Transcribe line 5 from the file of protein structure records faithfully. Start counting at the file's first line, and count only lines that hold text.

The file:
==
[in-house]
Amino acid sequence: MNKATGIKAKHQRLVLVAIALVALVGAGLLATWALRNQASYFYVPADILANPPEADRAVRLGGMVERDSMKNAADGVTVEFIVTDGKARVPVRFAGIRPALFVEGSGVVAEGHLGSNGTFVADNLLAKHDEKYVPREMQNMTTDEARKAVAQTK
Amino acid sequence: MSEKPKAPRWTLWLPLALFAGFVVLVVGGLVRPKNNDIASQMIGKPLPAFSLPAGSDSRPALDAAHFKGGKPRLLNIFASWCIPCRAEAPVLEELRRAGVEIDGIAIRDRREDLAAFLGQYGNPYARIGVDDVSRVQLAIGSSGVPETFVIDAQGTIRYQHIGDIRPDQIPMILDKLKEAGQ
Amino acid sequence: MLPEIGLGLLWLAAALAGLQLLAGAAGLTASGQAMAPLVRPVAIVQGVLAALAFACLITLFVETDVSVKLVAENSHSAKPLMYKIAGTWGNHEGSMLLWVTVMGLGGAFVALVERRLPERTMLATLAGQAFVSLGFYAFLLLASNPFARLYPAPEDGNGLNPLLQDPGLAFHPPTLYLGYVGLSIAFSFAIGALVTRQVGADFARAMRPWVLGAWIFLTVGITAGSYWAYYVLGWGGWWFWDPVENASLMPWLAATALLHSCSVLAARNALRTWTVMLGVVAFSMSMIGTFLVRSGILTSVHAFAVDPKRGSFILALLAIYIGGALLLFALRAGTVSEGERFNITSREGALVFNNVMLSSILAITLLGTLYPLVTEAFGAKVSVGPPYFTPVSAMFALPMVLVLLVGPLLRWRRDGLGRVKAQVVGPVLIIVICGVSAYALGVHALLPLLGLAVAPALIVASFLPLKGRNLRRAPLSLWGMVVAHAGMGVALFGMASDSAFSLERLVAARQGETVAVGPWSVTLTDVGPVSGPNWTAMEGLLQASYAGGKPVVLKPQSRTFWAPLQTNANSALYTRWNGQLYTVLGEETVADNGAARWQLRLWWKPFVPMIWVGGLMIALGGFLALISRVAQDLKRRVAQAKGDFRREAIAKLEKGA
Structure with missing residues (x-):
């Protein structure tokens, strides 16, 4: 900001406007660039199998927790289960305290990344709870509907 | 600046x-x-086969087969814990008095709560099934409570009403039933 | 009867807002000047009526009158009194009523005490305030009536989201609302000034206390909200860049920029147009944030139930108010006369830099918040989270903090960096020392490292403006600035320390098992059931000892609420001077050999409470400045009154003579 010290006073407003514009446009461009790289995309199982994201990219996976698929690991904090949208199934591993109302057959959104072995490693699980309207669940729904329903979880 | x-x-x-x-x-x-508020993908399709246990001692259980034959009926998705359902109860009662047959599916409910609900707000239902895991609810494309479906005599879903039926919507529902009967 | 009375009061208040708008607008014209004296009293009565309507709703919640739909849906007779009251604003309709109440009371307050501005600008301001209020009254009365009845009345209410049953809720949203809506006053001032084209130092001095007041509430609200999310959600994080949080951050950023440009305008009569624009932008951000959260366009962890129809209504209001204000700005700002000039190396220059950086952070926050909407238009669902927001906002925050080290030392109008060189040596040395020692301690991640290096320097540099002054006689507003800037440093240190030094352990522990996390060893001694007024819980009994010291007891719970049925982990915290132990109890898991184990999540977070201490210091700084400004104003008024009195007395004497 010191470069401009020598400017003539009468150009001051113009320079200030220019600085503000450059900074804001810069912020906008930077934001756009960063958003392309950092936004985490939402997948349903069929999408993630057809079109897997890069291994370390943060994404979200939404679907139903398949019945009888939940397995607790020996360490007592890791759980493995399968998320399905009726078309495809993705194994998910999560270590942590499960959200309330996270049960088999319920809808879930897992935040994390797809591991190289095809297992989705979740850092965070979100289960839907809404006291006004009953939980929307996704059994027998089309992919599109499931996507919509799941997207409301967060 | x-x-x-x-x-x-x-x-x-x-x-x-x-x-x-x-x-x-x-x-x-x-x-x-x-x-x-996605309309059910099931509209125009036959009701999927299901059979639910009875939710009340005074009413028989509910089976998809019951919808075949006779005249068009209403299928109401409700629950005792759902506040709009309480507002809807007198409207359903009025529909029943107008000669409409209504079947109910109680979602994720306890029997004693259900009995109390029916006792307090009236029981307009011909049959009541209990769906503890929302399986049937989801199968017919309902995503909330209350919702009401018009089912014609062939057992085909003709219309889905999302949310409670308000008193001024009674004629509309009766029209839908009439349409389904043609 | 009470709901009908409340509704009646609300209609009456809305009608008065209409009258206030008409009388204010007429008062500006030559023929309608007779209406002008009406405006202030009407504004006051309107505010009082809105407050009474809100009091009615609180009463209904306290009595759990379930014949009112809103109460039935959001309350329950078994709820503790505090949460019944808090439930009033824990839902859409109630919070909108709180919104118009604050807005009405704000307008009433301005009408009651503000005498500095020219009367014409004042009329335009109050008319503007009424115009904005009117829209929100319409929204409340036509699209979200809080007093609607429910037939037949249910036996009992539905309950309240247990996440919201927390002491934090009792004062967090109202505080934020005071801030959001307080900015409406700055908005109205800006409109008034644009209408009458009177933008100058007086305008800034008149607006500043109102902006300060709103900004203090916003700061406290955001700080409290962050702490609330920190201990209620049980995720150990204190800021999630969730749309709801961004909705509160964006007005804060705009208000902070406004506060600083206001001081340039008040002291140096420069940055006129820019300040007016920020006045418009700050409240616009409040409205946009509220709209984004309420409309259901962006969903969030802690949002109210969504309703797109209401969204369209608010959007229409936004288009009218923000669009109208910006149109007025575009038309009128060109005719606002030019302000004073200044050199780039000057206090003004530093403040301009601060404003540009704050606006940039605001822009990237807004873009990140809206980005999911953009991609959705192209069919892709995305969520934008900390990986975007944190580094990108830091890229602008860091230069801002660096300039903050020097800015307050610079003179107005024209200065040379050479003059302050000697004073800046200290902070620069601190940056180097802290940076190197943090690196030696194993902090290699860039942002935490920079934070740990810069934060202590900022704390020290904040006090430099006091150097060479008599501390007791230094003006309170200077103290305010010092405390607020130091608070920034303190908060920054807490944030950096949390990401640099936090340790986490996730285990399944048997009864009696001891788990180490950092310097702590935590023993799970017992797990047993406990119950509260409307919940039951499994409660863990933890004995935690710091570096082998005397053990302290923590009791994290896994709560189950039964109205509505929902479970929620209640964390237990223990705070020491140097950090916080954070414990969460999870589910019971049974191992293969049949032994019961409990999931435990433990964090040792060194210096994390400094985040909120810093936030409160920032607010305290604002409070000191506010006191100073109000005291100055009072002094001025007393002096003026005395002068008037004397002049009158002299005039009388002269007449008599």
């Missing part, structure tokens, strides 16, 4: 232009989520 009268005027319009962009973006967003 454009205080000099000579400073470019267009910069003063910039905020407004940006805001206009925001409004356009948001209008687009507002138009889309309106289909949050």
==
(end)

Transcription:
Structure with missing residues (x-):